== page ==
Lexington Mayor Jim Gray met with residents, Tuesday, to discuss the relocation of the Confederate-era statues of General John Hunt Morgan and Confederate Secretary of War John C. Breckinridge following Saturday's unrest in Charlottesville.
«The civil war was a dark and tragic time in our nation's history. We need to remember it and not erase it. By relocating these statues and adding context... Еще and balance, we want to establish an opportunity to learn about a truthful history,» said the Gray.
The city’s residents were divided over the proposal. «We see that you have succumbed to the pressure of removing and an attempt to show by these people that they have the power to change the history of our city,» said one of the residents, Anita Calvin, as she spoke in favour of keeping the statues at their locations.
On her end, another resident, Marilyn Dishman, noted, «There's one thing that's different about preserving history, than to celebrate a warped history.»
The Lexington monuments proposed for the relocation are reportedly built near the site of one of the country's largest slave auction blocks. Mayor Gray proposed to relocate the statues to Veterans Park in southeast Lexington Gray will need the approval of the city council and the Kentucky Military Heritage Commission in order for the proposal to go forward.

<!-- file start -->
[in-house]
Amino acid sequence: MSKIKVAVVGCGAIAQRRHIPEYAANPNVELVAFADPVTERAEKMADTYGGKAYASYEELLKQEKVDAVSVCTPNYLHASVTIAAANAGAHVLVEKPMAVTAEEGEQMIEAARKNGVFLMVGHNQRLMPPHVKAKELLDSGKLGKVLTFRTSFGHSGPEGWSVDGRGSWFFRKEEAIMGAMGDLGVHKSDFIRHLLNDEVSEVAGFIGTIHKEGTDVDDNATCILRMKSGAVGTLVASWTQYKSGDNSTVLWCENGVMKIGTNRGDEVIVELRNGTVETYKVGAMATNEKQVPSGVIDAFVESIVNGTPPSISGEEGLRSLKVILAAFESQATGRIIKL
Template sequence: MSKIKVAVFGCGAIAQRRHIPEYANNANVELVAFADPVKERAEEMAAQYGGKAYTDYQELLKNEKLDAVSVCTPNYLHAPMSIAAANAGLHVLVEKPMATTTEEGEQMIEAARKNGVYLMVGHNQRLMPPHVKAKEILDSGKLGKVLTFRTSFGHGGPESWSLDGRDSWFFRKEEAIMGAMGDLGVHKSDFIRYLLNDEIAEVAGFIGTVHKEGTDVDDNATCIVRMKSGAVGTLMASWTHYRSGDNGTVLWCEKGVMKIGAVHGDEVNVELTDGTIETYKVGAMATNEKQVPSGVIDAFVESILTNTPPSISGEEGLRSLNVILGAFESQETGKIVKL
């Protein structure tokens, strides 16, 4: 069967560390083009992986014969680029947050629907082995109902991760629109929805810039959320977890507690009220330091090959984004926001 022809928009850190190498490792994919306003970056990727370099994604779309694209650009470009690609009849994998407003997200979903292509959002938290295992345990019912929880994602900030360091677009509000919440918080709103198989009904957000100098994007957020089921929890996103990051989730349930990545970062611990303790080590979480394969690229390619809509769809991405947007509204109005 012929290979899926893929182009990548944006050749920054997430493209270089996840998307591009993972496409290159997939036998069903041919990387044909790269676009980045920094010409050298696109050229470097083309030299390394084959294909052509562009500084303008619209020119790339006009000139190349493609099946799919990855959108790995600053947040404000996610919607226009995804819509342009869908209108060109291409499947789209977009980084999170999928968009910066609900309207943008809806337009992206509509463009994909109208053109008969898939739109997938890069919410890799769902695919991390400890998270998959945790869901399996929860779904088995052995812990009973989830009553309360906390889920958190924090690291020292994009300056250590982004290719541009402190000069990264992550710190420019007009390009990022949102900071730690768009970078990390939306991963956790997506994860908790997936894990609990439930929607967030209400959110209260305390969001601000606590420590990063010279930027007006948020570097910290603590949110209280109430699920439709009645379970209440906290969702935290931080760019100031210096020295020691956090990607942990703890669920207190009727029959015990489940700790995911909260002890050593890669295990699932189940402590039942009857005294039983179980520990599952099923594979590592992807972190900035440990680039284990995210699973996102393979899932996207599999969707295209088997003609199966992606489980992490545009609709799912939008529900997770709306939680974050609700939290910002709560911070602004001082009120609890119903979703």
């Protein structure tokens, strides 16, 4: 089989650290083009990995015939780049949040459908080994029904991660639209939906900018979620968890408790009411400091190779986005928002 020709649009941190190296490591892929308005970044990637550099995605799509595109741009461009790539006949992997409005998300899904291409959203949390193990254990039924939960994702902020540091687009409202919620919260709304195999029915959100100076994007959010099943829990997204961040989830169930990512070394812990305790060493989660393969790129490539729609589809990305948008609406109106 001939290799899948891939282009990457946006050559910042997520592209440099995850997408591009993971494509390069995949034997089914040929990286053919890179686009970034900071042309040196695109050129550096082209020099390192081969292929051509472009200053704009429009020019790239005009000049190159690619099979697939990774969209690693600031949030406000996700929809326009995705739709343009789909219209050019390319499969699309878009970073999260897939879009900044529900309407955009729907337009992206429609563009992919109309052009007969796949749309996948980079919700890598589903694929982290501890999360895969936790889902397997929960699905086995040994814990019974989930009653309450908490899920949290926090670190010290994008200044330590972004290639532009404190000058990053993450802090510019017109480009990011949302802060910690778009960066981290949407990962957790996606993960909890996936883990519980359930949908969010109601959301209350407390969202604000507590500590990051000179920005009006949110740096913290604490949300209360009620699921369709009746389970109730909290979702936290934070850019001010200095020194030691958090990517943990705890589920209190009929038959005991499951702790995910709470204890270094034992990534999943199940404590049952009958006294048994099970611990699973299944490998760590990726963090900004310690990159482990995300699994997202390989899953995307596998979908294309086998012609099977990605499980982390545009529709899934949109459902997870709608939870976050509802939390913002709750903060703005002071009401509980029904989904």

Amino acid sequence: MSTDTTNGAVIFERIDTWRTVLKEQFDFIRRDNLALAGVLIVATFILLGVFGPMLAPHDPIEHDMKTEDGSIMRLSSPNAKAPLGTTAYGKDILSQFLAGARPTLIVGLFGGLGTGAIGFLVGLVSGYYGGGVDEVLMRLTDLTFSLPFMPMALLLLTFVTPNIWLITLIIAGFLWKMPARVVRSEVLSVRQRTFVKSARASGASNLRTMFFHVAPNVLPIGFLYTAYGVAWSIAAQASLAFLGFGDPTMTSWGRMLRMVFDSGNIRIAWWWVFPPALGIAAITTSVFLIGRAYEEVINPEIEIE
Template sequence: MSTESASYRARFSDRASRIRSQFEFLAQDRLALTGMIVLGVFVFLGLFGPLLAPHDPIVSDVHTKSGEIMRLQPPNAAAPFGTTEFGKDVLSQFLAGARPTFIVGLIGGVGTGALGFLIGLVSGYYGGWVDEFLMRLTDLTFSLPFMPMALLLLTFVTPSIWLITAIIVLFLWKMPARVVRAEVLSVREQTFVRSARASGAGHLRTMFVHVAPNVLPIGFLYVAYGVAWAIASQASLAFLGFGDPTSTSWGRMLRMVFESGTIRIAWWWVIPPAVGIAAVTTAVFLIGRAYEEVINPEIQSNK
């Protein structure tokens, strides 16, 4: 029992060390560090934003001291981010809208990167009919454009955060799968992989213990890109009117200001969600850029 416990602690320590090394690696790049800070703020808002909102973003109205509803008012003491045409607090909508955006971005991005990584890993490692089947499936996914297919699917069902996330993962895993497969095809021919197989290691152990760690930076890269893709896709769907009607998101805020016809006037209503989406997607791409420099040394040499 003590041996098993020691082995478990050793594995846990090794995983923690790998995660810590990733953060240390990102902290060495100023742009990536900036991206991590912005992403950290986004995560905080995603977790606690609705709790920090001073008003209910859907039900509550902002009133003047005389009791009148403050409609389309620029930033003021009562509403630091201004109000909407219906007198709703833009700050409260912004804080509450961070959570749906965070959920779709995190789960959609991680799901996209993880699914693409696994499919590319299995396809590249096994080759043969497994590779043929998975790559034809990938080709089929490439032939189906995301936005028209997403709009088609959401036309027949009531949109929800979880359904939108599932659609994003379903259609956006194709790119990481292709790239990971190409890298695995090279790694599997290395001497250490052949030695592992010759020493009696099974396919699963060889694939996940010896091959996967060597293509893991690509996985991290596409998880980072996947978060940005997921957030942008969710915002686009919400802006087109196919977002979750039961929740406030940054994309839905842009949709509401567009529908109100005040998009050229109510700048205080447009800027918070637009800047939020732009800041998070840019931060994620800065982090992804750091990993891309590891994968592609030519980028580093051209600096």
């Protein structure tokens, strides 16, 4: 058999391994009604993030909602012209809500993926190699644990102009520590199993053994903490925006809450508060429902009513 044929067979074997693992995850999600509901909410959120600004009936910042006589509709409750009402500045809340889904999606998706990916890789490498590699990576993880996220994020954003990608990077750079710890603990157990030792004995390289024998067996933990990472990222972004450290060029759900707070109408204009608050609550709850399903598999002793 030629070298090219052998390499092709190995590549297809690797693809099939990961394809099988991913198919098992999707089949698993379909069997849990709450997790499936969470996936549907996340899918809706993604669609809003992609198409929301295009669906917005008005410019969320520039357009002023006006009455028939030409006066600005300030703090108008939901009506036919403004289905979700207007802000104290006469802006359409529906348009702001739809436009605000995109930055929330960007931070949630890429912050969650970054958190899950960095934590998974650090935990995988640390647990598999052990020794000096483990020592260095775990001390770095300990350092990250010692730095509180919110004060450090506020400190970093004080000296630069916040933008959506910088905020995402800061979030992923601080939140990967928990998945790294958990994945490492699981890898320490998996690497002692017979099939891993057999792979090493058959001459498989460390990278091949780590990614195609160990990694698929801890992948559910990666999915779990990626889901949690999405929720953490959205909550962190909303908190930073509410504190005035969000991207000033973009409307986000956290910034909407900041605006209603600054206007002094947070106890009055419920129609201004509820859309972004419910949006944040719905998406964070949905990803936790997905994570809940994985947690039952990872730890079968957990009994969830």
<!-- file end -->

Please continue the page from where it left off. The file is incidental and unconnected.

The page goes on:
White nationalist protests in Charlottesville on August 12 culminated in the death of a person after a car rammed into a group of counter-protesters. In response to the tragedy, a wave of demonstrations swept the country with protesters condemning displays of racial hatred and acts of violence by white nationalist groups.
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